The effects of the number of consecutive night shifts on sleep duration and quality
Research output: Contribution to journal › Journal article › Research › peer-review
Objectives The organization of night shift work affects sleep duration and quality. The aim of this study was to investigate the effects of the number of consecutive night shifts on sleep duration and quality among police officers with night shift work as part of their normal schedule. Methods This quasi-experimental, within-subject crossover study included 73 police officers. All participants performed three work schedules: two, four and seven consecutive night shifts followed by the same number of recovery days, ie, day work or days off (2+2, 4+4, and 7+7). Sleep assessed through sleep diaries and actigraphy after all night shifts and recovery days (totaling 26 days) was compared by use of repeated measures analysis. Results Participants experienced shorter sleep duration (with and without naps), more premature awakening, less difficulty falling asleep, and more non-refreshing sleep after night shifts compared with recovery days. Sleep duration and quality did not change with increasing number of consecutive night shifts. Sleep was shorter and of poorer quality after the last night shift in the 2+2 and 4+4 work schedule compared with the second and fourth night shift, respectively, in the 7+7 schedule. Conclusion Sleep duration was reduced after night shift work and did not increase with more consecutive night shifts, which leads to accumulated sleep debt. Sleep duration was shortest and sleep quality was poorest after the last night shift in a series of night shifts.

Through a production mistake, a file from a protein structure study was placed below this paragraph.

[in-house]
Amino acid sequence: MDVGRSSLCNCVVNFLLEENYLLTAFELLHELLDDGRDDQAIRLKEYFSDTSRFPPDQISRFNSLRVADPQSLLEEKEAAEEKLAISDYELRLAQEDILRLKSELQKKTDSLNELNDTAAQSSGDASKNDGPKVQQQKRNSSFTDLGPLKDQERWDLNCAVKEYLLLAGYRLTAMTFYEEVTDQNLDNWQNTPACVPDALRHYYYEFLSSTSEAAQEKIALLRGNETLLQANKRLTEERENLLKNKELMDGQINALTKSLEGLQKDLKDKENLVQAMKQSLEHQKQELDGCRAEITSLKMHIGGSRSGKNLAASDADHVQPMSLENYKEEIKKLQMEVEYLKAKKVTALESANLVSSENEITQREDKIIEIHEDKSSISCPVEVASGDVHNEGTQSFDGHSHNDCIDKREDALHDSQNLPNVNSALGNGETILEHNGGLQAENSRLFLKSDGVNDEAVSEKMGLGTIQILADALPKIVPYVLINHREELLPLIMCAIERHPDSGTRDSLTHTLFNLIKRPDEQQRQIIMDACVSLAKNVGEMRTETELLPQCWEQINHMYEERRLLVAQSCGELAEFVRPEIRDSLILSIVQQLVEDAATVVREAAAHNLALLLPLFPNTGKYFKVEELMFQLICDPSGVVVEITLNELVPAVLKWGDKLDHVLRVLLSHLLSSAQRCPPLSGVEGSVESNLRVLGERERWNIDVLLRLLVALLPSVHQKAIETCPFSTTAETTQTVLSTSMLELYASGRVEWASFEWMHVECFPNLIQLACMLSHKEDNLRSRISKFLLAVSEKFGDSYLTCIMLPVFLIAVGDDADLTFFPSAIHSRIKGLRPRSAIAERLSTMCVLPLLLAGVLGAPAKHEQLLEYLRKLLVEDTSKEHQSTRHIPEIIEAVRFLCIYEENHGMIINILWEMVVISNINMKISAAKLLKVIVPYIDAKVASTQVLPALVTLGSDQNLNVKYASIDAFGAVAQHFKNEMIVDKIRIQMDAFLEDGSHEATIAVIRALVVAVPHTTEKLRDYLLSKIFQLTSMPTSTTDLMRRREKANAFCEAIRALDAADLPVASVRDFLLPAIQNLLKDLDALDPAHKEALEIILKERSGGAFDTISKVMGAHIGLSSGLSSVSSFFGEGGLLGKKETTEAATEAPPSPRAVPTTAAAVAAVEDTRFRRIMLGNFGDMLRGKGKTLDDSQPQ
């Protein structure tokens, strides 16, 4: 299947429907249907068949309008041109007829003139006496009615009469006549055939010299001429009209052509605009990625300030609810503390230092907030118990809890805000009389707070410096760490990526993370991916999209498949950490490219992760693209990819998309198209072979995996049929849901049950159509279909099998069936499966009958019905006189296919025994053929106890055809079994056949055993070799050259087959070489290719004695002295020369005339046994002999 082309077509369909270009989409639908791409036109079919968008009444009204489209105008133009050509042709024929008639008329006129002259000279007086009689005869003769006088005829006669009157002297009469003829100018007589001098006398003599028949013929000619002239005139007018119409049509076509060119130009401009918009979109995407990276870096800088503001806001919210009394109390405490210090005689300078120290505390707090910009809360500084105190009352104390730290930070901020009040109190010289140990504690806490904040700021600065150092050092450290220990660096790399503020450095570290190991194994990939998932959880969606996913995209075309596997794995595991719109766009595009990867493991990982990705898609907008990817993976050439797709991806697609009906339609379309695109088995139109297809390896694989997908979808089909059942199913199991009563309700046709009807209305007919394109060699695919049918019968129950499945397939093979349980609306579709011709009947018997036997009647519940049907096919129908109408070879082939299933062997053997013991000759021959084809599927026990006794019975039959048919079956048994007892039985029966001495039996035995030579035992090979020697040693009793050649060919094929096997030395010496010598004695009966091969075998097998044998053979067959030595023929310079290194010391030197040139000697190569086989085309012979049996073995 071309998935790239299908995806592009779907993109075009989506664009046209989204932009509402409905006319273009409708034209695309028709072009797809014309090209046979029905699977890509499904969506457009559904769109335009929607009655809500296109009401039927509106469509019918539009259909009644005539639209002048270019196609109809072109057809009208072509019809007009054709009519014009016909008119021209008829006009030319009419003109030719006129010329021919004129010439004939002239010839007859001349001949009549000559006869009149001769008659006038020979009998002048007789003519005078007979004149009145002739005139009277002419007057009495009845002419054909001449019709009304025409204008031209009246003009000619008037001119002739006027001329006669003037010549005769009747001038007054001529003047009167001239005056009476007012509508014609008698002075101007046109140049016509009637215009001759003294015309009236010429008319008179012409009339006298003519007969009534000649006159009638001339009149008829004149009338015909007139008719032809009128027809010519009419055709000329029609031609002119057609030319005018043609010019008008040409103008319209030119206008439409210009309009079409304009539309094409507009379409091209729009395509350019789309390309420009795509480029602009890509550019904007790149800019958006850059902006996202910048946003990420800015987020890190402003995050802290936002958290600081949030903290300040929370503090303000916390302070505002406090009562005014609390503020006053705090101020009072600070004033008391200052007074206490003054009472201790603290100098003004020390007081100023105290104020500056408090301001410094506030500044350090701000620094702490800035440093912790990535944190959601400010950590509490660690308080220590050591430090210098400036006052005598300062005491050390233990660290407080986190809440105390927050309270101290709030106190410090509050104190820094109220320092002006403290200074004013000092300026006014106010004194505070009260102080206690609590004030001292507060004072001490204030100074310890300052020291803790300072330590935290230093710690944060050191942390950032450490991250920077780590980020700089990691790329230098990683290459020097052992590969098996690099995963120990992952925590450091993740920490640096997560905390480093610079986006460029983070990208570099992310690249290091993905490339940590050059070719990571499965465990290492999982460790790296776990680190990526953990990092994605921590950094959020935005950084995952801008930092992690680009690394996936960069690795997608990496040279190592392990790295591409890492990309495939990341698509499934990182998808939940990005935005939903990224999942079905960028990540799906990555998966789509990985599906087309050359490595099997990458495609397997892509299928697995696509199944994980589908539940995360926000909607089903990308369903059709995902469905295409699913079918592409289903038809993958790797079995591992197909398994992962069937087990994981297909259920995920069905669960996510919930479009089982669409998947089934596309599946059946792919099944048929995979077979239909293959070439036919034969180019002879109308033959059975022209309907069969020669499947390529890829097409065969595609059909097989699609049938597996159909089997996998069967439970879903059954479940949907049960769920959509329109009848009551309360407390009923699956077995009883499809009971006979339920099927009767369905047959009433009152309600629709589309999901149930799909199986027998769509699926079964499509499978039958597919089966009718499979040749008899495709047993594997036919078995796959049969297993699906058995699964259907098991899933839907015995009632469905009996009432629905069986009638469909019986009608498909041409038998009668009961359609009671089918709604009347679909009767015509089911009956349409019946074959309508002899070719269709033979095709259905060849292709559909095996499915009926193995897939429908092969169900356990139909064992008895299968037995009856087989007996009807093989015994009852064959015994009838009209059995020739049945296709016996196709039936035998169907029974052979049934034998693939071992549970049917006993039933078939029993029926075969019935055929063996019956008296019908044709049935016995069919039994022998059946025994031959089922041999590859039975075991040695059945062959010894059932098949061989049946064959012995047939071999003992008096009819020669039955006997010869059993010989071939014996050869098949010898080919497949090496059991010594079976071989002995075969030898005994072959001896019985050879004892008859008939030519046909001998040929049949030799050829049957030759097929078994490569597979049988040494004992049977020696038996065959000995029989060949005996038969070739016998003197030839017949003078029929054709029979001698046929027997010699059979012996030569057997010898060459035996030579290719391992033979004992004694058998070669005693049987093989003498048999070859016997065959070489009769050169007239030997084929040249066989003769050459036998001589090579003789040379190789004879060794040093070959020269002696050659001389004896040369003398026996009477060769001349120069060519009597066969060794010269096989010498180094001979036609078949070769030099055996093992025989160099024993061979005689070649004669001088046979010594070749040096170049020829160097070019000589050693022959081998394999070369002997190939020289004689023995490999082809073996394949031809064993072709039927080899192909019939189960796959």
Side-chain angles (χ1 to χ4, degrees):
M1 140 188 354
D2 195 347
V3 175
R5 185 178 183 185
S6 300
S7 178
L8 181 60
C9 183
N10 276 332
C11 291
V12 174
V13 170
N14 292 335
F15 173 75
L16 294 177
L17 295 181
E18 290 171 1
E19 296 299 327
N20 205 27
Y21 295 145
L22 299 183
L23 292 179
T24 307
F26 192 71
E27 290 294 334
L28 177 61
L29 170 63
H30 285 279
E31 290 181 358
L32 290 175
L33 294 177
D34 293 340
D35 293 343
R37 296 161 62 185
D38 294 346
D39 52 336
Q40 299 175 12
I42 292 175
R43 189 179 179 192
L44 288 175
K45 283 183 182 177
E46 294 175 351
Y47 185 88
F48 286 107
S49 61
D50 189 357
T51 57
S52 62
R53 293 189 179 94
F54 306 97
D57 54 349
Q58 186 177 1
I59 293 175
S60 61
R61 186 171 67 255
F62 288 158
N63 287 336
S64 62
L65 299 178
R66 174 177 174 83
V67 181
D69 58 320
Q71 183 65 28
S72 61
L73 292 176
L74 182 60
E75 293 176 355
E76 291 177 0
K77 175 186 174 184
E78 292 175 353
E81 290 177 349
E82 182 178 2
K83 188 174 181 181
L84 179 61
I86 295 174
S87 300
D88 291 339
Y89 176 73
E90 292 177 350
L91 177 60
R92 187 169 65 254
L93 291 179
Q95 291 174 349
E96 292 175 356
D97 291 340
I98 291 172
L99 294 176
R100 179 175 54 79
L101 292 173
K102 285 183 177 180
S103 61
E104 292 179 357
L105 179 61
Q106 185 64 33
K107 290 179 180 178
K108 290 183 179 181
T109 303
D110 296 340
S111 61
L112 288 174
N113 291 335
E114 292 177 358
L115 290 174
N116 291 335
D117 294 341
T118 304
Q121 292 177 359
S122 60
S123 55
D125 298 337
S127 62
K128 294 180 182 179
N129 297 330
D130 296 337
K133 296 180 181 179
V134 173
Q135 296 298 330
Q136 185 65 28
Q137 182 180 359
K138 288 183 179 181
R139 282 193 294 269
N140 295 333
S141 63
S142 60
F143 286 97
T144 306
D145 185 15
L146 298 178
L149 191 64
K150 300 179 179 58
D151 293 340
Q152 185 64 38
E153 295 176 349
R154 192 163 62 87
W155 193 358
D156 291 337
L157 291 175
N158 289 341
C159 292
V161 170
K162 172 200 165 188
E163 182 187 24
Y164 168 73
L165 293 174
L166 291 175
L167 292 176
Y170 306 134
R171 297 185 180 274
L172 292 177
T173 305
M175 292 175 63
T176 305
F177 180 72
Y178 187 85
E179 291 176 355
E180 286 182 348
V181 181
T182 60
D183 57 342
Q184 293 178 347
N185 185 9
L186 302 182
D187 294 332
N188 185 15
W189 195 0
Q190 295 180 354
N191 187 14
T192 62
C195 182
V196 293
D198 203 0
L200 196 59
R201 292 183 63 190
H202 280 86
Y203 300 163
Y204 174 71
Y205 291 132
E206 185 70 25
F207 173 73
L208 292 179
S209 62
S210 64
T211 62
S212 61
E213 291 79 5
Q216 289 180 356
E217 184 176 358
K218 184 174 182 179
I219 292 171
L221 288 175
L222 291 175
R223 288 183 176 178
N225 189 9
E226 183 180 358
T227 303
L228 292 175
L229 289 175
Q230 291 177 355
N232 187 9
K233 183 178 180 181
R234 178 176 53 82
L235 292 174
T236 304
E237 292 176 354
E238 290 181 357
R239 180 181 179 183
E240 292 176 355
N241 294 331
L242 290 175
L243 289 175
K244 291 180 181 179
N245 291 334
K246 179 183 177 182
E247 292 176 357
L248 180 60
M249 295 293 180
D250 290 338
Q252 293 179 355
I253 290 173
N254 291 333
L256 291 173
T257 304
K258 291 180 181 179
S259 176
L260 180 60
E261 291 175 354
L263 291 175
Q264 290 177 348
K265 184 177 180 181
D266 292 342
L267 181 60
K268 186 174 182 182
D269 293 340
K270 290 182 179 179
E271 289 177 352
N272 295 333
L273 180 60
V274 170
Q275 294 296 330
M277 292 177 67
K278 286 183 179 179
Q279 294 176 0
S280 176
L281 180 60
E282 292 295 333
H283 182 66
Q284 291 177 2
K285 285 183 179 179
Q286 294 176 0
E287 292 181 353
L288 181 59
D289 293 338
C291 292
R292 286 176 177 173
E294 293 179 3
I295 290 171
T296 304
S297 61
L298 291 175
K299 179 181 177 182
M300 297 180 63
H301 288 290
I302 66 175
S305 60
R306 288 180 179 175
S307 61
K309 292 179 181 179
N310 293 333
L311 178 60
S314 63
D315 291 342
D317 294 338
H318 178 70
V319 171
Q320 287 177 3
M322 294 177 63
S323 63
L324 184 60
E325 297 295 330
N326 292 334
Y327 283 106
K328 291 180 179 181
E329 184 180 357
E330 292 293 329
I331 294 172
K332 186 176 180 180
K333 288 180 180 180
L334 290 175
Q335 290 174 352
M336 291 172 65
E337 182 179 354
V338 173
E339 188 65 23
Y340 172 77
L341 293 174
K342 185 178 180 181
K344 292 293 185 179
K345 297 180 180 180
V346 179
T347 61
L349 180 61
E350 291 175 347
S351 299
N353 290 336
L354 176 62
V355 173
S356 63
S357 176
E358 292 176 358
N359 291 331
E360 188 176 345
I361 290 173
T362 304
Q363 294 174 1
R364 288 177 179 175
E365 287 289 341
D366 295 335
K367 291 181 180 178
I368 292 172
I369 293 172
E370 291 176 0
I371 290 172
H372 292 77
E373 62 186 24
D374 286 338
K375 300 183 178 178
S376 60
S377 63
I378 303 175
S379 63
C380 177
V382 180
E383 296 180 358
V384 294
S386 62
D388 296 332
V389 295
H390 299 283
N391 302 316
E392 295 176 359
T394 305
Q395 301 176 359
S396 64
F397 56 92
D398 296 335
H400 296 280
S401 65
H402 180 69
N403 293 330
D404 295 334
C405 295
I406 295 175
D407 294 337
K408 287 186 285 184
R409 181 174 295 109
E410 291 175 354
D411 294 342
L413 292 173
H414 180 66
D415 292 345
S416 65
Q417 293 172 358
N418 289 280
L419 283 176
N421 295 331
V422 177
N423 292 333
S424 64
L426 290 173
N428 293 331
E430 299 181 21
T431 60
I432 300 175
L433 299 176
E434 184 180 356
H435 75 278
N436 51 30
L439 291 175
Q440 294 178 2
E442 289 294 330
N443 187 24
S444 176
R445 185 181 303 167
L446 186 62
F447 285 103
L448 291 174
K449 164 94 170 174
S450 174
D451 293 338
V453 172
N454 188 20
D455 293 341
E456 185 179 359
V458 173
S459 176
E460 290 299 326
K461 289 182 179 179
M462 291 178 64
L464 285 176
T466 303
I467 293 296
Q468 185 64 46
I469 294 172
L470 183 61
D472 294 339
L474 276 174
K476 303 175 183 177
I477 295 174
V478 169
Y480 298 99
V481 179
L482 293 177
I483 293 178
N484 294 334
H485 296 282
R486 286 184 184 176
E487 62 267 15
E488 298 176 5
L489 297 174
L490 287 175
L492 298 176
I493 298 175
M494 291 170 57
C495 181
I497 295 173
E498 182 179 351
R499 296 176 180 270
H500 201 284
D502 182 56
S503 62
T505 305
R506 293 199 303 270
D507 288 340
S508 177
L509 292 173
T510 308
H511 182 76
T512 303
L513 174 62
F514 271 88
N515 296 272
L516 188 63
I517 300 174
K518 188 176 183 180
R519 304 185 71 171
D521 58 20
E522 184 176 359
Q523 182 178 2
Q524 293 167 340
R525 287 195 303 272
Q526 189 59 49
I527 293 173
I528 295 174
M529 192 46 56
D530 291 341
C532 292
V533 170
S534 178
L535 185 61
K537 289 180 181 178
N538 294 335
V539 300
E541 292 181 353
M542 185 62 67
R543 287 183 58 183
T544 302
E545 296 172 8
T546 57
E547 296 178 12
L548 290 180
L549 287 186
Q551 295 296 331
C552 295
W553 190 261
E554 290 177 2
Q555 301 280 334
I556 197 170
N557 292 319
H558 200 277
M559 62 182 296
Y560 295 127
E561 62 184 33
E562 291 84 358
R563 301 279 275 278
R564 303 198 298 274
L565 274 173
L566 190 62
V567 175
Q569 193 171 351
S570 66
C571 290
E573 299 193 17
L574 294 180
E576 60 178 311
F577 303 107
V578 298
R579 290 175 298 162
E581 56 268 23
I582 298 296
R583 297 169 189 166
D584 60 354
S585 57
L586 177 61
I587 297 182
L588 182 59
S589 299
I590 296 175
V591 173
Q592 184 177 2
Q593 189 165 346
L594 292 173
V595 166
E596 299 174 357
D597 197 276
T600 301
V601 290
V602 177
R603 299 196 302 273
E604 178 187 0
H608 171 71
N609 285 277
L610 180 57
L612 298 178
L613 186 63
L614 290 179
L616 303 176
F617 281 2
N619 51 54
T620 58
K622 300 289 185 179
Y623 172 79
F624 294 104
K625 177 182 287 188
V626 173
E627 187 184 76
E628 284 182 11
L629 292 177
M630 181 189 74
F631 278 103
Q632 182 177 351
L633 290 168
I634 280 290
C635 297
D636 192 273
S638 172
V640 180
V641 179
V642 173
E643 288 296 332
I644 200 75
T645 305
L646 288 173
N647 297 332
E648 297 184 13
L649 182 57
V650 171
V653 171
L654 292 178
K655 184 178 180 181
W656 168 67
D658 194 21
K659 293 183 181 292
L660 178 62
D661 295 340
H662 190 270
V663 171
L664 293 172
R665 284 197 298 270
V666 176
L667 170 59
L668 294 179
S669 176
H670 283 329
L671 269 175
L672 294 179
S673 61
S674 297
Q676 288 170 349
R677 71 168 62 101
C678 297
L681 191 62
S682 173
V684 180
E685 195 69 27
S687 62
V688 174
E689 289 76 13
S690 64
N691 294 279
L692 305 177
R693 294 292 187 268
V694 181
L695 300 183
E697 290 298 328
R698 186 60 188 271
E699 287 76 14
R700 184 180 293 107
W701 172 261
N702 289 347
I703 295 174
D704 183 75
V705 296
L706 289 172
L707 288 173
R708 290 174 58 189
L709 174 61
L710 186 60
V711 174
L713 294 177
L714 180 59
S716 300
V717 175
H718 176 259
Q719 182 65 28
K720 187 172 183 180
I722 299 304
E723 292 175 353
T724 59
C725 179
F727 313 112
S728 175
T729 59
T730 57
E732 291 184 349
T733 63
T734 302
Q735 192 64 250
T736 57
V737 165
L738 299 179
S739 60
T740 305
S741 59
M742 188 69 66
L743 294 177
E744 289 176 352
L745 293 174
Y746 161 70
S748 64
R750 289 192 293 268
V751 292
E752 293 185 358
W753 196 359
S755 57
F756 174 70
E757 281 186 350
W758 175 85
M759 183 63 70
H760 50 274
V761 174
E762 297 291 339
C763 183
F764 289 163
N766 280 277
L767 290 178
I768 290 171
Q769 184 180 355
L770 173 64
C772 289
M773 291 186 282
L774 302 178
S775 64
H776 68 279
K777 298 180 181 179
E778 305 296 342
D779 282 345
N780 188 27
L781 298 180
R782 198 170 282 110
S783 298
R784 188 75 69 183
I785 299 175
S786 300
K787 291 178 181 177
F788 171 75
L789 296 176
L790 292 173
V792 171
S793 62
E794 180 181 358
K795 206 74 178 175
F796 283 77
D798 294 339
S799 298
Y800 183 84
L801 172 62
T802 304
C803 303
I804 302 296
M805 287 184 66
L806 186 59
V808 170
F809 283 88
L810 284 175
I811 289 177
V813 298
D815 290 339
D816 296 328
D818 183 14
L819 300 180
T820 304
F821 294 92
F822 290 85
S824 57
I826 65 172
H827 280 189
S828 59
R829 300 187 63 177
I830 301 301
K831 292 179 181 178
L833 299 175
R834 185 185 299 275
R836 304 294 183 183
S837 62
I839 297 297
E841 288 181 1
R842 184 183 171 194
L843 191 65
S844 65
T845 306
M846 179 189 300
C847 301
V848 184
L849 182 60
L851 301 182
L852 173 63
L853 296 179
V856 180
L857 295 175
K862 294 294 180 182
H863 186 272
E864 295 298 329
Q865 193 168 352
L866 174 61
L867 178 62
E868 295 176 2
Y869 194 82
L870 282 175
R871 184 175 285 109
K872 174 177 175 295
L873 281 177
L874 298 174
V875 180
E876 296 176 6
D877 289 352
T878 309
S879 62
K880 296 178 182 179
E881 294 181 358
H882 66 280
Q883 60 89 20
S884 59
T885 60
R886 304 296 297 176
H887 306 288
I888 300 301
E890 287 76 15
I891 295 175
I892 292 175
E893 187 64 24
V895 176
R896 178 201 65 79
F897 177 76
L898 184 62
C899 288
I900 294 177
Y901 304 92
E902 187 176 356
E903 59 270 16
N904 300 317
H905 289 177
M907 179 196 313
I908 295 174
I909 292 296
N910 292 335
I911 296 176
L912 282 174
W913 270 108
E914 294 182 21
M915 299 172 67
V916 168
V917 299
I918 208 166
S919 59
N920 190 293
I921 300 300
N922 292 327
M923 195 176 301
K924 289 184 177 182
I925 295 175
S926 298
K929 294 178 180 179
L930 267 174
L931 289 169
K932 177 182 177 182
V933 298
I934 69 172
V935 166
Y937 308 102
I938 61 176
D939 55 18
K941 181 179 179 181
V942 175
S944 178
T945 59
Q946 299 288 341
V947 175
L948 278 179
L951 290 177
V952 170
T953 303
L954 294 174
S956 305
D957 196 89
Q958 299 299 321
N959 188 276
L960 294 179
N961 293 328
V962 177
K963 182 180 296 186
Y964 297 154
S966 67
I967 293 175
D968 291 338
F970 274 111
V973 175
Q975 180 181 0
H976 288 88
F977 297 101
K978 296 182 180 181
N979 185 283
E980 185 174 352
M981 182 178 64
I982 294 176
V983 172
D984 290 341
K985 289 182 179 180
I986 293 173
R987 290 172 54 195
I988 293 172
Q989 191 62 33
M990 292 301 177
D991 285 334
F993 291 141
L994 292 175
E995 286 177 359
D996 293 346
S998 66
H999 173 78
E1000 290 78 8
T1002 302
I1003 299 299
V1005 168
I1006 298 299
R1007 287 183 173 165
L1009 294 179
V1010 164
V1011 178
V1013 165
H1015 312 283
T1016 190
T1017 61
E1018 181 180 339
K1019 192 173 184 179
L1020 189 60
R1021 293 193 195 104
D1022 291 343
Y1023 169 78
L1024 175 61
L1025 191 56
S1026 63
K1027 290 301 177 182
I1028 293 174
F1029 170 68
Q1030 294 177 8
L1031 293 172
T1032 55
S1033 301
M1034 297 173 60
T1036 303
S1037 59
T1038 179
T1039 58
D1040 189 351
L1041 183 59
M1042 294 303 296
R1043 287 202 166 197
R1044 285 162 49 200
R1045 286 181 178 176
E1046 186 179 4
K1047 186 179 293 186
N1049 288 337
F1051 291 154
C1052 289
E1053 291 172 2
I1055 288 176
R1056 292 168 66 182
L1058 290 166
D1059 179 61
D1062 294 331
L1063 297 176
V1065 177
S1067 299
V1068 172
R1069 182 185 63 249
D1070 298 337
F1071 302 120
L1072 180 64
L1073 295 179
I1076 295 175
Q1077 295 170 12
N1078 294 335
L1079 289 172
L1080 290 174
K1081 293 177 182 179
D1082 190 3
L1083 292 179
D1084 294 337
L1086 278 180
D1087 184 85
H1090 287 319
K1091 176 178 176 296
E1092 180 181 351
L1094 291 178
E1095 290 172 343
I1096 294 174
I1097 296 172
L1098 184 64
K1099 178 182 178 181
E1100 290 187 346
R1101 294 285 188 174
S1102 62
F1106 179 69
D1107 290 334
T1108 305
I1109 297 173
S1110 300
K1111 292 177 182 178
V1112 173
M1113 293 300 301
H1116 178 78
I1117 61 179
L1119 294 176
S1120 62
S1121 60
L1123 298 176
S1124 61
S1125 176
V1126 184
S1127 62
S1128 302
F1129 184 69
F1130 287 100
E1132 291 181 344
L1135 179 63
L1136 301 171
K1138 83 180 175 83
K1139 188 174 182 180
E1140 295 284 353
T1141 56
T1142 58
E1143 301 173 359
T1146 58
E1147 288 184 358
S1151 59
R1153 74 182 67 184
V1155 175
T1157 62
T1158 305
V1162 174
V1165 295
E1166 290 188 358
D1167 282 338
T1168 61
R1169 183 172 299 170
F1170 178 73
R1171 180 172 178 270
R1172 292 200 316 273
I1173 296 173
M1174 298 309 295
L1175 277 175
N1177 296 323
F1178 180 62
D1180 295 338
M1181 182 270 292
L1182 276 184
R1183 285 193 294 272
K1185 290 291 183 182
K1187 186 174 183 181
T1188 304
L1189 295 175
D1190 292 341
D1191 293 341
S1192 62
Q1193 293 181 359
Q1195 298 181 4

|Journal||Scandinavian Journal of Work, Environment & Health|
|Number of pages||8|
|Publication status||E-pub ahead of print - 2020|